Step 8: 10K resistor
The 10K resistor will go into R8. It is mounted vertically as well. This is the pull up for the reset line. The color code is brown, black, orange.
Step 9: 0 Ohm Resistors
Now here is where things get a little funny. You will be putting the 0 ohm resistors into D1 and D2 in the horizontal position. We have moved the diodes to another position in order to have full electrical compatibility with game cartridges. 0 ohm resistors are just a fancy word for a wire and they can be used to select options or route the circuit based on how it is assembled. Since the color black means 0, it just has one black stripe.
Step 10: Diodes to support cartridge and local video generation
You will want to populate R4, R5, and R6 with diodes. They can lay vertically. The black line should be pointing towards your 0 ohm resistor. For the R5, the diode line should be pointed up (the same direction as the DC barrel plug).
Step 11: Solder the LEDs
We have two LEDs: Cyan (labeled) and Amber. You can plug them in however you would like, but we plugged our Cyan into D3 and the Amber into D4.
You will notice that there is a square hole and a round hole,. Put the short lead into the square hole. You will also notice that there is a slight flat side on the LED, as well as on the silkscreen. Mount them flush with the board and solder them.
These LEDs are controlled by the cartridge, as we are out of spare pins on our AVR 328P.
Step 12: Solder the LED resistor
Look for the resistor with a single green or black dot on the paper ends. This is another 330 ohm resistor we will use for the LEDs. It can lay flat.
Step 13: Solder the game controller ports
Pop the two game controller ports into the bottom part of the board. Press it in until the large pegs click down. Now, apply solder. Note that these solder cups will take quite a bit of heat and solder to complete, so be patient! It might help to touch the iron to the large solder cup pads and press solder into the joint.
You will also want to make sure that the connector remains seated! It can easily pop out of place, and solder up slightly at a tilt.
Step 14: Connect up the processor
The processor has quite a few pins, so you will want to hold it against the board as you tack the 4 corners of the chip. This way, it does not solder in at a tilt.
You will also want to line up the little half circle at the end with the half circle on the PCB. This will make sure pin 1 is soldered in the correct position!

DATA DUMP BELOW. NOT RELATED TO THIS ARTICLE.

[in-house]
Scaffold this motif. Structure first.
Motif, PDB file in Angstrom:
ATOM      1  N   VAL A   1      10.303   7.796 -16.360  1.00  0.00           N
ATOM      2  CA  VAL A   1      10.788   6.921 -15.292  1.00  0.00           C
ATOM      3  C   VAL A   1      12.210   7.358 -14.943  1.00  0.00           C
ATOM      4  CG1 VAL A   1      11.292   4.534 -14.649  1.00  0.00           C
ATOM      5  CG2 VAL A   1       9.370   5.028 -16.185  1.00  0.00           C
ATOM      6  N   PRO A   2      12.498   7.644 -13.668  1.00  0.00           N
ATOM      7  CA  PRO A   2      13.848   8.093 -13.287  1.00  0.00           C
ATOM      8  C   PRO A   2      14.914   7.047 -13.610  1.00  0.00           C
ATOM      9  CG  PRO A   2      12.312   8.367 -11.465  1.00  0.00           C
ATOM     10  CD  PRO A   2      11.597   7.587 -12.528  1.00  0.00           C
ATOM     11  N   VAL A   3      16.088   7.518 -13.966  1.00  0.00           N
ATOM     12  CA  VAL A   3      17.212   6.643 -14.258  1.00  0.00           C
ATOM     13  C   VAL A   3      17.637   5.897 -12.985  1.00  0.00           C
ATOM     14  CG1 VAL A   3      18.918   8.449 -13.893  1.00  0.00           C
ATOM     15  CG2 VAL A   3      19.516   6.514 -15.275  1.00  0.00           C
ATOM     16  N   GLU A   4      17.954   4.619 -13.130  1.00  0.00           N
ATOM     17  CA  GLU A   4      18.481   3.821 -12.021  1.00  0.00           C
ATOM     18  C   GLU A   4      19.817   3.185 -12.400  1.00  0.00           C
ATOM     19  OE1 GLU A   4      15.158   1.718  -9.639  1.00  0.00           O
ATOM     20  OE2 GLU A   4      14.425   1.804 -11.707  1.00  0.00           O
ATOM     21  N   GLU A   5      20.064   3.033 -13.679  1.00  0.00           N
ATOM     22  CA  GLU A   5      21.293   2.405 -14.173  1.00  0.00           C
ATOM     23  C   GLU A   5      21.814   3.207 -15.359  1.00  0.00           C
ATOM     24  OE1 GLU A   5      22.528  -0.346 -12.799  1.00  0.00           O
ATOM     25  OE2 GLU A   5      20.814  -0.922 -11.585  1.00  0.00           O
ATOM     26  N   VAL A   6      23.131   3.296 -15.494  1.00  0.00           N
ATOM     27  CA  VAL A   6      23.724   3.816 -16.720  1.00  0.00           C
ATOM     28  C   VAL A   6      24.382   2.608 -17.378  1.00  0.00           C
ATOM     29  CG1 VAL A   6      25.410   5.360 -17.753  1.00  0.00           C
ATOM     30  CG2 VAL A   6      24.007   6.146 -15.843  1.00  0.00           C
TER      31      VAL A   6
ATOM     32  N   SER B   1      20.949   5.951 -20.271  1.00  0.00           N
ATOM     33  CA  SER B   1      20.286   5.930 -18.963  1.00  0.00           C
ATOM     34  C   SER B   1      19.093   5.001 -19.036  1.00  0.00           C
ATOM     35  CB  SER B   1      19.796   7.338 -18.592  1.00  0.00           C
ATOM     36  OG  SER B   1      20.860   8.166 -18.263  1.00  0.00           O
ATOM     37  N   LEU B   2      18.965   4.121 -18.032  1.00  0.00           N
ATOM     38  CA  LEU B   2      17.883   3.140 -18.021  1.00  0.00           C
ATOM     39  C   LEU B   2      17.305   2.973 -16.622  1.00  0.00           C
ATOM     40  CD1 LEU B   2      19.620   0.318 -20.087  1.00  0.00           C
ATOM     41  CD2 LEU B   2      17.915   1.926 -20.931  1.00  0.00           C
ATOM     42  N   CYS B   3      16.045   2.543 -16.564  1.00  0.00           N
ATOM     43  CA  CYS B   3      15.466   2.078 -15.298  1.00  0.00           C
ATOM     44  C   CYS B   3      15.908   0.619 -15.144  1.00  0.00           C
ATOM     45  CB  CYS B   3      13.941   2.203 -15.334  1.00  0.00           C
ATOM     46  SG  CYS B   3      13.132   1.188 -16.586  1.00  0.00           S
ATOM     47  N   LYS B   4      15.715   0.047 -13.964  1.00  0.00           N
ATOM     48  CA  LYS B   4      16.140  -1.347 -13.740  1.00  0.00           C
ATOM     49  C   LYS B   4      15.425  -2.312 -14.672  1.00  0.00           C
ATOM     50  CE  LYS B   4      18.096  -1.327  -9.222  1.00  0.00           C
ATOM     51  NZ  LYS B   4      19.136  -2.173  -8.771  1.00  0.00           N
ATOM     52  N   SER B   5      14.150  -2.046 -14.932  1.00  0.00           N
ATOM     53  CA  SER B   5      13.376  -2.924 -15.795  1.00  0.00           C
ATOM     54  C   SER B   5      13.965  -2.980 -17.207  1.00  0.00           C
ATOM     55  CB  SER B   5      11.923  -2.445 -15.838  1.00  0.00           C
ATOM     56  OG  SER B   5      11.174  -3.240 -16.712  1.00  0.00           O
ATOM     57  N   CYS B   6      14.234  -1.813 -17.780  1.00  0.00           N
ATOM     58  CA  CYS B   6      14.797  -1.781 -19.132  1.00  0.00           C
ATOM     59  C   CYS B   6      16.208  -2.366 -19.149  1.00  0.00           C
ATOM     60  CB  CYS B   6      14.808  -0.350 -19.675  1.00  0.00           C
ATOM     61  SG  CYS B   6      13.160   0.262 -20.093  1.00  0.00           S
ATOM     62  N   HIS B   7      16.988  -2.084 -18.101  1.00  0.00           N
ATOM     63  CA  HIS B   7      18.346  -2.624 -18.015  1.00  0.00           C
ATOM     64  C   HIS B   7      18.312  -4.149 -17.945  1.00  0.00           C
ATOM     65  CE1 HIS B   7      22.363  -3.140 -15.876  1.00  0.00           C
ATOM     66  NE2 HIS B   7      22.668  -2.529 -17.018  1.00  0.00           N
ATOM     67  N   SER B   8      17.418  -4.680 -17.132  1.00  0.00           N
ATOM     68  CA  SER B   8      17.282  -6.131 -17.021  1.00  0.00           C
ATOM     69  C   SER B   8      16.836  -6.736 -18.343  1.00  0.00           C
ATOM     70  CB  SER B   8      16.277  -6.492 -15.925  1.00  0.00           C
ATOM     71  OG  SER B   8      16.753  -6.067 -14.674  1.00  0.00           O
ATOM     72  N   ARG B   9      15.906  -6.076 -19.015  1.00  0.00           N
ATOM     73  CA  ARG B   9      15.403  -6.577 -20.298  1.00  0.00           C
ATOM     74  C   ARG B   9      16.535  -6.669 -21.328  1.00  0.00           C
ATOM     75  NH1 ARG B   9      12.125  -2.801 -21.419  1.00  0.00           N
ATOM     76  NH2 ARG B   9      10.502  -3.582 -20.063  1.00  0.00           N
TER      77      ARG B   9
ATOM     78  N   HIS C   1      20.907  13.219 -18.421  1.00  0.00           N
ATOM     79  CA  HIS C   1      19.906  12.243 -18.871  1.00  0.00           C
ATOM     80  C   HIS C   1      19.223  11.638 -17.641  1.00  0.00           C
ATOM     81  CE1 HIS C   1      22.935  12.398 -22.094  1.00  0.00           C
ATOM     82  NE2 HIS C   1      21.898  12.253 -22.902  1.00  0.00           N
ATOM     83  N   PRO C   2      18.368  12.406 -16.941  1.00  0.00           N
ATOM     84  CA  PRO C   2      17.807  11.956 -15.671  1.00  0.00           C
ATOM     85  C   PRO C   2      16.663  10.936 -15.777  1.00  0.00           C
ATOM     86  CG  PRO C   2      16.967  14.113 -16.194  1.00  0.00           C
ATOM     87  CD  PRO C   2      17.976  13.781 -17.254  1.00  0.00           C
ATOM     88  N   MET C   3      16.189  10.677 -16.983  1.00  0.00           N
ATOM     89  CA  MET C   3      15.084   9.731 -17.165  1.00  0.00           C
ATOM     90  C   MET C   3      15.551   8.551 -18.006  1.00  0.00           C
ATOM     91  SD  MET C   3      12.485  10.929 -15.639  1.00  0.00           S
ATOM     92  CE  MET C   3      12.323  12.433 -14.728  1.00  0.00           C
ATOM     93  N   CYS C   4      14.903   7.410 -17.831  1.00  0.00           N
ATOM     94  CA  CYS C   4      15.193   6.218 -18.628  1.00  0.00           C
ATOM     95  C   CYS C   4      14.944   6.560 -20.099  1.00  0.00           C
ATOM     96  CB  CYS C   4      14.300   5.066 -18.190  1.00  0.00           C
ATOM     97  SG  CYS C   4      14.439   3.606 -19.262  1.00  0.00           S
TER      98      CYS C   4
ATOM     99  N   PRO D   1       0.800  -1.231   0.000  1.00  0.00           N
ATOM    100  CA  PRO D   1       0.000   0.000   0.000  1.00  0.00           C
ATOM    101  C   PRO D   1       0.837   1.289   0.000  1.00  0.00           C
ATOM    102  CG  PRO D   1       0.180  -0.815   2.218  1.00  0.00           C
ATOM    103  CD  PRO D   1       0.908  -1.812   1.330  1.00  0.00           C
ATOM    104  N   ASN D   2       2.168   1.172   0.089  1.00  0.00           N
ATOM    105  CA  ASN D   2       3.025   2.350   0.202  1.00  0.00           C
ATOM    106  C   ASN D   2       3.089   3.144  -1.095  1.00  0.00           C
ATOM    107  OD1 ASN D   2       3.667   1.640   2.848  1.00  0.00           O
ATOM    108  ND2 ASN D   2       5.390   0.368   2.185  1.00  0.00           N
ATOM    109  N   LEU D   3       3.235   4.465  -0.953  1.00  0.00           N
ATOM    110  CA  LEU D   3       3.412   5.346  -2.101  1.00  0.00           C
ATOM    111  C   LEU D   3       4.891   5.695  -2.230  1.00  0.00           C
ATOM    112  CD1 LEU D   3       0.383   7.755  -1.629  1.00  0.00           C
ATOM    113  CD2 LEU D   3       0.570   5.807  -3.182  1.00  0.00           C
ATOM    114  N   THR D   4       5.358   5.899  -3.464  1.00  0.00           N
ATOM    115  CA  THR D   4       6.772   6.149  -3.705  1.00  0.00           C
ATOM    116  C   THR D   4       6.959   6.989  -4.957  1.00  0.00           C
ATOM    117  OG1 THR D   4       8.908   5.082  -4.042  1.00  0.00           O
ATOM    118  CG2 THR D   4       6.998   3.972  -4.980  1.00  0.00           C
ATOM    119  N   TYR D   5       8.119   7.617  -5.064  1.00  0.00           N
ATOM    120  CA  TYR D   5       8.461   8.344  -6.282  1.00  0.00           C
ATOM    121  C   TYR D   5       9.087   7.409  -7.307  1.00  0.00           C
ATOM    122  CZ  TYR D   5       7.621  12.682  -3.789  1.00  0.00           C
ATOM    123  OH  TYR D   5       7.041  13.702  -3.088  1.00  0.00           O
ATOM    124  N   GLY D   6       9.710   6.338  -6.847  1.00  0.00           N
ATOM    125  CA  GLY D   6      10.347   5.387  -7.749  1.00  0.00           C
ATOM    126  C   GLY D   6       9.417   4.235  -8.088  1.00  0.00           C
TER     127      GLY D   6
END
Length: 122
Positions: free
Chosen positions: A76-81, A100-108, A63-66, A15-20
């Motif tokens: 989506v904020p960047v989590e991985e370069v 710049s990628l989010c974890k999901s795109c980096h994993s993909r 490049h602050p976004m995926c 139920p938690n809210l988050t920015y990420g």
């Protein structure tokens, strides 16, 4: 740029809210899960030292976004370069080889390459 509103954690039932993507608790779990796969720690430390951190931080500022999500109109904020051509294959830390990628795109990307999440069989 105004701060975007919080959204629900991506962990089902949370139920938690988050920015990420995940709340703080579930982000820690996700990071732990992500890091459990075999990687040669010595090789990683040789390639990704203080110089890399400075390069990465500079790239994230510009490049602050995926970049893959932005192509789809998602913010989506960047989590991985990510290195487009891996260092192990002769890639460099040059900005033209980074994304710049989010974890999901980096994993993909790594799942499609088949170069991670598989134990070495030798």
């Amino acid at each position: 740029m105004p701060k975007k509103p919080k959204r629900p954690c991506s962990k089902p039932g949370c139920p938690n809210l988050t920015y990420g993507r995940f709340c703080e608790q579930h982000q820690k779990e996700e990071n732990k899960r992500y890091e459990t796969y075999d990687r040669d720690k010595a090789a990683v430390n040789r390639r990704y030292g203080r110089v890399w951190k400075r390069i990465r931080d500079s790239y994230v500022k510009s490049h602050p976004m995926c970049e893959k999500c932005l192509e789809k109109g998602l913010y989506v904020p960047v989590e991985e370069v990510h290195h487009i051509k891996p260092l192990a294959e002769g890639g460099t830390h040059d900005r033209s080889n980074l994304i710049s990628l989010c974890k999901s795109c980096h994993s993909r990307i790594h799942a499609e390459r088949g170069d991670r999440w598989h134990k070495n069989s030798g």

Note: the IC pins are typically spread out at a camber angle. You will want to slightly bend both sides of it on a hard surface (or possibly with your hands if you take anti-static precautions!). Carefully insert it and make sure none of the pins miss their holes. If you do miss a pin, and it becomes bent, take out the chip and carefully bend the pin back.
Step 15: Solder up the serial programming header
The Arduino serial programming header allows for connection of an FTDI. You will want to place in the header and tack both sides so it solders evenly. Also note that for whatever reason, the header we got was a little long. You may want to trim this down a little bit.
Step 16: Solder the game controller adapter
Place the DB37 connector into the holes. The outer plugs will snap the connector into place. This allows for an external cartridge to be plugged into your game console.
Step 17: Solder the video and audio connectors
These two RCA jacks provide the sound and video for your game console. They have some pretty hefty connections, so be patient. Make sure you add plenty of solder so it makes a good mechanical connection. This will be important as you plug and unplug your video connections.
Step 18: Solder the power button
We do this one last as it sticks out the furthest. You will find out very shortly that it will make it very difficult to do further work on the board without a set of extra hands, vice or jig.
We connected up the red cap (it just presses on) so we could hold the power button in better. But you can do this step later if you wish.
You are Now Complete!
Other than a few optional steps, you are now complete with the Ardu32. You can plug in power and plug it into a TV to give it a spin.
Connect a power supply to your Ardu32. While we suggest 6V or higher, we have had luck with even 5VDC power supplies.
Connect the red RCA cable to your TV audio and the yellow RCA cable to your TV video. Most modern TVs support composite video, and it will likely share one of the component video inputs. Take a look at the back of your TV and look for words such as "composite" or a yellow colored connector. Some TVs don't have these labeled very well, so try the different inputs on the component video until you see an image.
The Arduino comes pre-programmed with our bootstrap software, which contains a demo animation, a few games and utilities. Press the fire button on controller 1 (left) for a few seconds to enter the menu. We even have a mode to test out your controller (and your solder connections).
If you don't see any video, and your TV supports composite, be sure to inspect your solder connections. If you are still stumped, take a picture of the front and back and send it to our support staff. We can set you in the right direction.
You will want to purchase some Atari compatible joysticks if you don't have any laying around in the garage. There are several online retailers that sell inexpensive joysticks. If demand is high enough, we just might start carrying some here as well.
Optional Step 19: Solder up various headers
You have been provided headers for J8, AUX1,AUX2, SPI1. You will notice there are two J8s -- these perform the same reset function, but at different locations the board, depending on your preference. J8 performs the reset function when connected via jumper.
Optional Step 20: Attach rubber feet
There are 4 rubber feet supplied with your Ardu32. You can place these on the bottom of the PCB in the corners. This can prevent scratching of surfaces the game console is set upon, as well as protect it from shorts and static electricity.